Fil de Cassons

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Fil de Cassons
Cassonsgrat
Fil de Cassons.jpg
Fil de Cassons eastern face into Val Bargis valley, Scala Mola path.
Highest point
Elevation 2,695 m (8,842 ft)
Prominence 144 m (472 ft) [1]
Parent peak Piz Segnas
Coordinates 46°52′42.5″N 9°16′48.5″E / 46.878472°N 9.280139°E / 46.878472; 9.280139Coordinates: 46°52′42.5″N 9°16′48.5″E / 46.878472°N 9.280139°E / 46.878472; 9.280139
Geography
Fil de Cassons is located in Switzerland
Fil de Cassons
Fil de Cassons
Location in Switzerland
Location Graubünden, Switzerland
Parent range Glarus Alps

Fil de Cassons (also known as Cassonsgrat) is a mountain in the Glarus Alps, located near Flims in the canton of Graubünden, Switzerland.

The southern face is referred to as "Flimserstein", dominating the appearance of the town of Flims. In its east lies Bargis from where a valley leads to its north face, while to its western face the sliding surface tears off of the biggest visible landslide in the world, Flims Rockslide. Piz Dolf is lying to the north across the Bargis valley, and to its west Piz Segnas, both showing the tectonic line of the Glarus thrust in its upper part, a now UNESCO world heritage.

Fil de Cassons often without snow in winter due to being a ridge; highest point to the right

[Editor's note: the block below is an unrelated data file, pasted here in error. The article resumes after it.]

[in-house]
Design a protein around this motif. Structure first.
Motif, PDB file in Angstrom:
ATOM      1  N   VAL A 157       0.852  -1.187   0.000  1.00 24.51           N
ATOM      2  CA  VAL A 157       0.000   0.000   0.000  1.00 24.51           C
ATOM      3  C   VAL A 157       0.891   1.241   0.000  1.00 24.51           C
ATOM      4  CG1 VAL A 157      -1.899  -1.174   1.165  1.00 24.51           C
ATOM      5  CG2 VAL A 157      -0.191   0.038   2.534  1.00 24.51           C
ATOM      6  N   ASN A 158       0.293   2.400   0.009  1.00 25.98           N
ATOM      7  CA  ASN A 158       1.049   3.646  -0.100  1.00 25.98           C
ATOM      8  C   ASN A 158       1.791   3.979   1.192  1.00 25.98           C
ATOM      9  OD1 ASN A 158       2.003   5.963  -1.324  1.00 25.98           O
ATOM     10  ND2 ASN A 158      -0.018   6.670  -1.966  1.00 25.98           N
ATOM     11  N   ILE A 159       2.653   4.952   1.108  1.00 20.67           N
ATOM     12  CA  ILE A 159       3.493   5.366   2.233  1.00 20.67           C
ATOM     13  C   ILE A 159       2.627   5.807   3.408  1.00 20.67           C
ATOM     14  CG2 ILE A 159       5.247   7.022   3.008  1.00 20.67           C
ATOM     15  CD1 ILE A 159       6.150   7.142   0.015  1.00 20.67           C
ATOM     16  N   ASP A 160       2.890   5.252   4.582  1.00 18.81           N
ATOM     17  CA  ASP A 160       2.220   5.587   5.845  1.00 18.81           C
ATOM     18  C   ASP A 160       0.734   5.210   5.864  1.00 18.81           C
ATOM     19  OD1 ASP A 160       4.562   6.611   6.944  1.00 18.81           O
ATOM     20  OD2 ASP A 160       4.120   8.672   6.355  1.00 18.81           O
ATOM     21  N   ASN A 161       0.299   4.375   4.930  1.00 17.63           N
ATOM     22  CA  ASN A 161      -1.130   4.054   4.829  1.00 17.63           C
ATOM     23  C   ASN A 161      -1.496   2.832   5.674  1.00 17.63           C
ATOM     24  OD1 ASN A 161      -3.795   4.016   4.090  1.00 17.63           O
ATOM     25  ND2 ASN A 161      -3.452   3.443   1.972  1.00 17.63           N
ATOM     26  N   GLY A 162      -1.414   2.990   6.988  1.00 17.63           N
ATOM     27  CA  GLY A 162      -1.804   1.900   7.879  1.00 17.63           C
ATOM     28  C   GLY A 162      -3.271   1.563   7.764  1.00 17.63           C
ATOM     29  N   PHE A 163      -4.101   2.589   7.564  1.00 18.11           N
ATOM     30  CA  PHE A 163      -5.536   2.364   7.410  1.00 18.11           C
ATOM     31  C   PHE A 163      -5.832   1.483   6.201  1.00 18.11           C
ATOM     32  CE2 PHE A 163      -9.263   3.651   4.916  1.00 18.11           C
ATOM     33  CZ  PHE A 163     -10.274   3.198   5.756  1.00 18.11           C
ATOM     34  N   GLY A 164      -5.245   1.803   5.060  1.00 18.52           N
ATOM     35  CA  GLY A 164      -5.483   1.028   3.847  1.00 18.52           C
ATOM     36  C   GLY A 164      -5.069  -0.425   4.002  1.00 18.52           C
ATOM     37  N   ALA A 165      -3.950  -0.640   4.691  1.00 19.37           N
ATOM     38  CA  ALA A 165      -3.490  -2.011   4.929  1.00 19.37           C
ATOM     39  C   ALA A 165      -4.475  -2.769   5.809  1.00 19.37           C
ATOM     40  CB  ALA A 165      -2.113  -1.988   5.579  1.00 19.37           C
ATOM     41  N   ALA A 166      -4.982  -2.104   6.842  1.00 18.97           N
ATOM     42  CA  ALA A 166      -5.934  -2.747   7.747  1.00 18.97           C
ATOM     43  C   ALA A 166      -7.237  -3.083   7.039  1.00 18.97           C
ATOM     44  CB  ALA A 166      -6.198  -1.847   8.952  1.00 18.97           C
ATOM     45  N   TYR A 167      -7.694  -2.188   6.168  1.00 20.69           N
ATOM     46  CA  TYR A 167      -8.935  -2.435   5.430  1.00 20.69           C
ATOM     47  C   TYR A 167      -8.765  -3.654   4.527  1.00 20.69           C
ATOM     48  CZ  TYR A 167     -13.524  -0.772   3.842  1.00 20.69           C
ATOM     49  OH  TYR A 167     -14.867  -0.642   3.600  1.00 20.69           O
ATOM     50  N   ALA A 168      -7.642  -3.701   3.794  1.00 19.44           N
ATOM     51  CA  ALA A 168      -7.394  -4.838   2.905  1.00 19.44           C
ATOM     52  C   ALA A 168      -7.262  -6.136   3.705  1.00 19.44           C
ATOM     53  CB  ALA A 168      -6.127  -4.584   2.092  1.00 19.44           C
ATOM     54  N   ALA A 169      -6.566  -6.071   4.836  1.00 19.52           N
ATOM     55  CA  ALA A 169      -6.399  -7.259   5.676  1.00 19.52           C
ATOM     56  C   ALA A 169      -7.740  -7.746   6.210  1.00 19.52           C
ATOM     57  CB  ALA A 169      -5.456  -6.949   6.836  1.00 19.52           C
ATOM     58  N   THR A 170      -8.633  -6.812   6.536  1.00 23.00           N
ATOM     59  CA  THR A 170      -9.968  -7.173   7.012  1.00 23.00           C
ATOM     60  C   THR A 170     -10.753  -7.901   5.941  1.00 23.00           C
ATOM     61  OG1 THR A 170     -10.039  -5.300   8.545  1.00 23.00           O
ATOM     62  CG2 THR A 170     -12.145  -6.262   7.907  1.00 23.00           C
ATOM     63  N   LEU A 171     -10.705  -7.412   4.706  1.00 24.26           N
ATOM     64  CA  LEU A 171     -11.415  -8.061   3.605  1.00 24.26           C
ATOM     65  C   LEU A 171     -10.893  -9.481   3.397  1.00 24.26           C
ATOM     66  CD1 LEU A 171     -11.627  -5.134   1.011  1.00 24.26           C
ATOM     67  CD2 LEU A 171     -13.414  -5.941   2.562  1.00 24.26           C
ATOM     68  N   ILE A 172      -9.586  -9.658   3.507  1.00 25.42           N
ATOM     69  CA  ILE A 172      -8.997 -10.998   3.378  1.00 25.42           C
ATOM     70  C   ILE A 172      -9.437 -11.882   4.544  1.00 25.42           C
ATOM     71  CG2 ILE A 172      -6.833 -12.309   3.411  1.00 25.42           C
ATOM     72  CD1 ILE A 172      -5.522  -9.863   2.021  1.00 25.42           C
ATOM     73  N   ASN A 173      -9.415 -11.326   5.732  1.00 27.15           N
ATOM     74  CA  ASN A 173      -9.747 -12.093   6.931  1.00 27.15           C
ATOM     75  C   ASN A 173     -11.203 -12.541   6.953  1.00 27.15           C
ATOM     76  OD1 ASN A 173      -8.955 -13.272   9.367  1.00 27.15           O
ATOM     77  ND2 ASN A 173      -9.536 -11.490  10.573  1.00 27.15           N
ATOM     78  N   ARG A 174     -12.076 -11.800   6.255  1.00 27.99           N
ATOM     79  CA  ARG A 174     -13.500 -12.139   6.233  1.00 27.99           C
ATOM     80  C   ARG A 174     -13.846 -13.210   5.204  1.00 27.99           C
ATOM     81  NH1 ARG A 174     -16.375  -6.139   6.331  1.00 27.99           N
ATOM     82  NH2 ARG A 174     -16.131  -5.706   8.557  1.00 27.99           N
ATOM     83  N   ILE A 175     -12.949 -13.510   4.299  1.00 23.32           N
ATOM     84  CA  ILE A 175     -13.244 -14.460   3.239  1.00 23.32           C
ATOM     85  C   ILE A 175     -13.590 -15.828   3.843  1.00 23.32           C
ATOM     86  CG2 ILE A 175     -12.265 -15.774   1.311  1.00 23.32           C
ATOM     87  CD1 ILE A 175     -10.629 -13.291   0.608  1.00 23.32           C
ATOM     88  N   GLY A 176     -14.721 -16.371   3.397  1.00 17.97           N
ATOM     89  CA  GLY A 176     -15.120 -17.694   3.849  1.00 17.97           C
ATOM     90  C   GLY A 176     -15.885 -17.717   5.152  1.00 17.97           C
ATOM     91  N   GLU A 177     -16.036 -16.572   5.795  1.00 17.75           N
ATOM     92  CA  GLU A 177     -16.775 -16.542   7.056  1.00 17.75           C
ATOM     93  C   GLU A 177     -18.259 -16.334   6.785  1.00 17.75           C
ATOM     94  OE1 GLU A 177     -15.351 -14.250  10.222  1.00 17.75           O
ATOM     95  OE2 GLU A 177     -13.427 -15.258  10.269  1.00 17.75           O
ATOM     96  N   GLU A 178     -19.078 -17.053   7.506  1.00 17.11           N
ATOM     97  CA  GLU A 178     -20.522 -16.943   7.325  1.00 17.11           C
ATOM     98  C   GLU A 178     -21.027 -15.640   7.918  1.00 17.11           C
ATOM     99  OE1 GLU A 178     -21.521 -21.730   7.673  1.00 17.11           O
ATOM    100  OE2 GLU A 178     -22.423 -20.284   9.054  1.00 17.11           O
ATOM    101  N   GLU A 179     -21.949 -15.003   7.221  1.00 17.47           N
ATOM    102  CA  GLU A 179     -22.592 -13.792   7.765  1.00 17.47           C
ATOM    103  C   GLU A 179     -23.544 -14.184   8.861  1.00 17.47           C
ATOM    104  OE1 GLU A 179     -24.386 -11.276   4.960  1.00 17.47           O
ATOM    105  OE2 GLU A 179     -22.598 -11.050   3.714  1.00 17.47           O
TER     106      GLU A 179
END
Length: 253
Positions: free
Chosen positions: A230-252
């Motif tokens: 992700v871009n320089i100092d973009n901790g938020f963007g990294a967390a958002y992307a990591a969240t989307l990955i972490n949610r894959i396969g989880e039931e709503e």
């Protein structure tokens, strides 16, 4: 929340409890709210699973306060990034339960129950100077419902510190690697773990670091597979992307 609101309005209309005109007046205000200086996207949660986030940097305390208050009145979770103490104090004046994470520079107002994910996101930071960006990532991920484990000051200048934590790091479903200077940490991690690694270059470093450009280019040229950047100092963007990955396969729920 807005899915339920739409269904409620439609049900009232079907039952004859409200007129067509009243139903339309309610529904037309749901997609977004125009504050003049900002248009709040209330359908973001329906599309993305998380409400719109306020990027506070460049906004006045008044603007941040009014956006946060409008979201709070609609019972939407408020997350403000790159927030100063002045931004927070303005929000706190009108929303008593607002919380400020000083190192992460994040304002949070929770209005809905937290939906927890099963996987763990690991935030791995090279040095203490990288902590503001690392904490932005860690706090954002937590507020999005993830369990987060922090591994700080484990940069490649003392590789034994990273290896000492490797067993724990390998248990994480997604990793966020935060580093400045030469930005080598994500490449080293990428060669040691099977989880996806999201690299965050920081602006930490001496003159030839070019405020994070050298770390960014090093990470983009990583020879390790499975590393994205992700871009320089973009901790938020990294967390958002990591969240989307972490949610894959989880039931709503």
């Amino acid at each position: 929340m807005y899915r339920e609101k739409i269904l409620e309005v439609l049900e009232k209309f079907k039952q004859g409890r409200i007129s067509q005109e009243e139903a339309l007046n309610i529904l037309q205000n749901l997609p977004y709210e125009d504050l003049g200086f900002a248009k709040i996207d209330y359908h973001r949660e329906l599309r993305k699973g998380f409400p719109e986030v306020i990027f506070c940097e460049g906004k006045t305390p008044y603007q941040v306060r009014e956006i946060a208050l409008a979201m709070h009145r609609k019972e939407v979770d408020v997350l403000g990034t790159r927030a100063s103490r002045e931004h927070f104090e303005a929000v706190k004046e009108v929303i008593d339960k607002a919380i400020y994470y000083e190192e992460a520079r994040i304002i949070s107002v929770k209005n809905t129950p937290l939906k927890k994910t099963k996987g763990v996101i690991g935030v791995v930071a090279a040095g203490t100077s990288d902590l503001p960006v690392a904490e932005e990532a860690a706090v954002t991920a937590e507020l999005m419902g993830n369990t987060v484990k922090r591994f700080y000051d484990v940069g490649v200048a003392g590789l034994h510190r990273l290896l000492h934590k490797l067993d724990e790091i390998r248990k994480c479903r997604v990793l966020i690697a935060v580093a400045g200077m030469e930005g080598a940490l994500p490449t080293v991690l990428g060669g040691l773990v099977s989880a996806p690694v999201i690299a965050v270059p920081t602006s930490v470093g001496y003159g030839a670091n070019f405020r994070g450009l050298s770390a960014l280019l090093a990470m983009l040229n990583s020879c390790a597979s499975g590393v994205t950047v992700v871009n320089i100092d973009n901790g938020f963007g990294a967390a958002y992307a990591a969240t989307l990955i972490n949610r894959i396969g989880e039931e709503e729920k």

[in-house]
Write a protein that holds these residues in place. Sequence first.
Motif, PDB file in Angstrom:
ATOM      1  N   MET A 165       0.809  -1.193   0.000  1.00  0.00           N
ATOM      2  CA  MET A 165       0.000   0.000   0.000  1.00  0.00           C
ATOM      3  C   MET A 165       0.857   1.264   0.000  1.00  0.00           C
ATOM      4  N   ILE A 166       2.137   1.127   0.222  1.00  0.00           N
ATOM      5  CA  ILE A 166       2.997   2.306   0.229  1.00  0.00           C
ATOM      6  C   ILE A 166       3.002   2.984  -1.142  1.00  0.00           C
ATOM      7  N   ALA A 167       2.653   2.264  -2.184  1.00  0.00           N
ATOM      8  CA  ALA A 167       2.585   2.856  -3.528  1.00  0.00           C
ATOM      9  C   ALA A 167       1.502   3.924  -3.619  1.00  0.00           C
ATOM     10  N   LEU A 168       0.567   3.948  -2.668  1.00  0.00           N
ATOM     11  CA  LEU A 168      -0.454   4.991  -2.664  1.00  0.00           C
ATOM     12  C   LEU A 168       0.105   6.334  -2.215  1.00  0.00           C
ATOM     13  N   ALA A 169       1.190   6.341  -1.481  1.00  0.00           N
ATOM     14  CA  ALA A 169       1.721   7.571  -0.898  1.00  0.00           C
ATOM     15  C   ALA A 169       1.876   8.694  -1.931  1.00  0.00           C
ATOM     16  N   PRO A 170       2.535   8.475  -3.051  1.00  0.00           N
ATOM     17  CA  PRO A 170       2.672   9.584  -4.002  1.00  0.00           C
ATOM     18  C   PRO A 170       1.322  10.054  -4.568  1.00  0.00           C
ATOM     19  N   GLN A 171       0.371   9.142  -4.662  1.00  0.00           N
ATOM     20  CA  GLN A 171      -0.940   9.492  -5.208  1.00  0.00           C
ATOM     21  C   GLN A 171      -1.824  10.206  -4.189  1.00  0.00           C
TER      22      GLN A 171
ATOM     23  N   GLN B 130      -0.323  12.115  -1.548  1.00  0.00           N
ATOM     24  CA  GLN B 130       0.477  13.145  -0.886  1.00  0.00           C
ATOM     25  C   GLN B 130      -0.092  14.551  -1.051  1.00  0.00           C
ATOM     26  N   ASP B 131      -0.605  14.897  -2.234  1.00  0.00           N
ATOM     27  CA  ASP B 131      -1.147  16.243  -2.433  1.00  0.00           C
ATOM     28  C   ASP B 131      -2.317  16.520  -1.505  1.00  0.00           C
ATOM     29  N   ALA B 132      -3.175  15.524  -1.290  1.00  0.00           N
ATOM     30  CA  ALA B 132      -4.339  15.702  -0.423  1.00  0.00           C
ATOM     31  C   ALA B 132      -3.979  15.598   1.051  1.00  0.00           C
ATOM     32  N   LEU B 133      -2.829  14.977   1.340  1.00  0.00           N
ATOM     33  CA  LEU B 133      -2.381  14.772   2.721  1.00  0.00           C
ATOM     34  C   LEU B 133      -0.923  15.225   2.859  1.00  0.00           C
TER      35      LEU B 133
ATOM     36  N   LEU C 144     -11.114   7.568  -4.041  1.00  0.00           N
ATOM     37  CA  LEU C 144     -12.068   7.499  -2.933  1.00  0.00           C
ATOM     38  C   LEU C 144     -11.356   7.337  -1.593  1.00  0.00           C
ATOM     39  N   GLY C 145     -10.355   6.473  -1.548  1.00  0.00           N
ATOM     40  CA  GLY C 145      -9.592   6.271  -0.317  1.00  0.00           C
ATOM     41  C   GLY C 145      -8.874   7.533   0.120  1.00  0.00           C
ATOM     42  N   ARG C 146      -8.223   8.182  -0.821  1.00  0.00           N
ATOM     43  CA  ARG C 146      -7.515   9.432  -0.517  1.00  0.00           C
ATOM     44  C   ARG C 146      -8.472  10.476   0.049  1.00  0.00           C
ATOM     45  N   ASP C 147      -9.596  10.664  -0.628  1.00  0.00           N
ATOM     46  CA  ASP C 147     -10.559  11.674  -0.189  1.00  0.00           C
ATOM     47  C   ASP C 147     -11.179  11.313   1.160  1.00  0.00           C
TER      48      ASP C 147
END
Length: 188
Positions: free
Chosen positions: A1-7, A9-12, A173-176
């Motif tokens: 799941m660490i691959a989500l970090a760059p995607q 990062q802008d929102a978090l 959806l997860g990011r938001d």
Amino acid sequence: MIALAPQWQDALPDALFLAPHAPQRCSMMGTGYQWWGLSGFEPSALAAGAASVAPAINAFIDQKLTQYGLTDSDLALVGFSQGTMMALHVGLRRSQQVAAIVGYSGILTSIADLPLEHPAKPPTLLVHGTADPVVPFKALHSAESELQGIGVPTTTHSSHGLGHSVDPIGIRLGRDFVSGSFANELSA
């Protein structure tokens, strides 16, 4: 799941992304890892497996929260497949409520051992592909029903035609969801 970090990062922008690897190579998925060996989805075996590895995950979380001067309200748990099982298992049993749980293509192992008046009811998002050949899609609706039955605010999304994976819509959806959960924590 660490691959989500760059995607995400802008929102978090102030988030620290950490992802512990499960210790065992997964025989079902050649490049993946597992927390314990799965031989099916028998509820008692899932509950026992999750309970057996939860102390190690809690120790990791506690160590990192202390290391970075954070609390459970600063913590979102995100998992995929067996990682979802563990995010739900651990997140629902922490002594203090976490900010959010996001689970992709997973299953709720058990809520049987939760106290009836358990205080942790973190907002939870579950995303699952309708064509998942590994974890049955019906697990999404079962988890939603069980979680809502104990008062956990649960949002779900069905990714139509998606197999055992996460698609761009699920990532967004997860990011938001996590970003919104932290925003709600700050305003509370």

The easiest access to Fil de Cassons is an aerial cableway from Flims to this ridge, that actually allows also walks and an alpine experience from the cablecar for people that would not dare to walk a steep mountain path. Walking on top you will easily identify the tectonic line under your feet, as rocks turn from greenish to bright light grey on top of the wide ridge. For hikers aiming for more than a walk, several routes reach the high plateau and the very wide ridge, among them a historic Via Ferrata called Pinut. One hiking route uses the ascent via Val Bargis and Scala Mola, the path that the cows are being sent up to graze in summer. If you stay at the base of the valley of Bargis, you will hike on a path leading more or less around Fil de Cassons from east to northwest before reaching its top.[2]

Being a ridge, there is very often hardly snow, allowing walks even in winter along at least one mile on Fil de Cassons.

Glarus Thrust fault at Piz Dolf (right) and Piz Segnes as seen from Fil de Cassons
Fil de Cassons, the wide ridge on the right, with mountains to see from, to its left: Piz Dolf, Piz Segnas and 7 peaks of "Tschingelhörner" far left

See also[edit]

References[edit]

  1. ^ Retrieved from the Swisstopo topographic maps. The key col is the Fuorcla Raschglius (2,551 m).
  2. ^ Hiking Switzerland Graubünden Fil de Cassons Archived June 7, 2011, at the Wayback Machine.

External links[edit]